Sun Protection 101: Debunking Myths and Clarifying Facts

Aug 9, 2016

Originally aired July 11, 2016.

For many, summertime means beach trips, boating and a slew of outdoor activities. It’s a time to get outside and take in the fresh air, but it also means more sun exposure. 

"As adults, we don't lay out on a daily basis. We go from the car to the house, and those are little bits of sun that we get everyday," says dermatologist, Dr. Debra Scarlett. "And just like hitting something; you hit something enough times it breaks. That's just like skin cells. If you hit skin cells enough times eventually they will break, the DNA will become abnormal, and a skin cancer can form."

Dr. Scarlett suggests wearing an ounce of sunscreen when fully exposed, which equals about a shot glass-worth of sunscreen. Using a thicker layer of lotion better protects skin, although Dr. Scarlett admits that even she is guilty of not using enough. 

There are some misconceptions when it comes to sunscreen. First, sunscreen and sunblock are actually different. Sunscreens are chemicals that absorb UV rays, while sunblock physically blocks the sun from your skin. Broad spectrum sunscreens do both, and protect skin from UVA and UVB rays-  unlike some sunblocks and sunscreen. So what's the difference between UVA and UVB?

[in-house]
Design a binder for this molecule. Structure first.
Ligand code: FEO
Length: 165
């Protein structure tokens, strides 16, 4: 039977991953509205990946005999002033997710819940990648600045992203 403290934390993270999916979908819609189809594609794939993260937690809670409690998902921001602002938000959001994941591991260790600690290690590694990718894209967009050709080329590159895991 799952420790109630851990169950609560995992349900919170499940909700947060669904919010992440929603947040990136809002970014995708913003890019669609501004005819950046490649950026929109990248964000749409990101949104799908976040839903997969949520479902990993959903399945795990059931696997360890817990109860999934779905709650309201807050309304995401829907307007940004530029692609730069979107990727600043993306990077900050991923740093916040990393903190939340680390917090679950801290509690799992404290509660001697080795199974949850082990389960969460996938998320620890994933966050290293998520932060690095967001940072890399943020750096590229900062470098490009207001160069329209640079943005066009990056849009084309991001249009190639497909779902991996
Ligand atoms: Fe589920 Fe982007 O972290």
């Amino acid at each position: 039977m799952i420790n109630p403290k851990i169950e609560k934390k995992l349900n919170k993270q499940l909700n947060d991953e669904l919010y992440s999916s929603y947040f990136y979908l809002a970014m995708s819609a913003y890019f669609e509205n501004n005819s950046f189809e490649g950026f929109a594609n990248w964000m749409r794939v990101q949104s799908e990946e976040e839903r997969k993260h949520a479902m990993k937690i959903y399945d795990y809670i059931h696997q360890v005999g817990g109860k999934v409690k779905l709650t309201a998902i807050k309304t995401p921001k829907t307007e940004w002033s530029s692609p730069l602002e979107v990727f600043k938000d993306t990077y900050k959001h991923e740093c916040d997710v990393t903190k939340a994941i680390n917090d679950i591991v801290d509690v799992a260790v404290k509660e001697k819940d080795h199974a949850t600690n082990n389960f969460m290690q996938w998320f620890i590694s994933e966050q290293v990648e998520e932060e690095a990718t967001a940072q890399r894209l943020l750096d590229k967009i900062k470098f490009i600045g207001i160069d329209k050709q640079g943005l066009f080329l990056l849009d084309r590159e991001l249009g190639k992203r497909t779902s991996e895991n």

"UVA and UVB are both different wavelengths of light that reach the earth's surface. So UVA, the easy way to remember is that those are the aging rays and UVB are the burning rays," says Scarlett. 

In fact, SPF only refers to UVB rays, or the rays that will give you a sunburn. And a sunscreen with an SPF of 30 isn't twice as protective as a sunscreen that has SPF 15. A sunscreen with SPF 15 will block out around 93-94% of UVB rays, while SPF 30 blocks around 97%.

Although vitamin D can be absorbed from the sun, it might not be as much as you think.  "There's a rate limiting factor of vitamin D production from the sun. There's a point where your body becomes saturated and cannot make more," she says.

According to Scarlett, most people hit that limit within five to ten minutes in the sun, although it depends on your skin tone. The lighter your skin, the less time you need in the sun to reach your limit of vitamin D production. 

She says one of the best ways to protect yourself from the sun is one of the most obvious: clothing, or physical blockers. "I personally use those as my primary form of sun protection," Scarlett says. "You know, physically blocking; wearing hats, sunglasses, long sleeves. I think that's much better."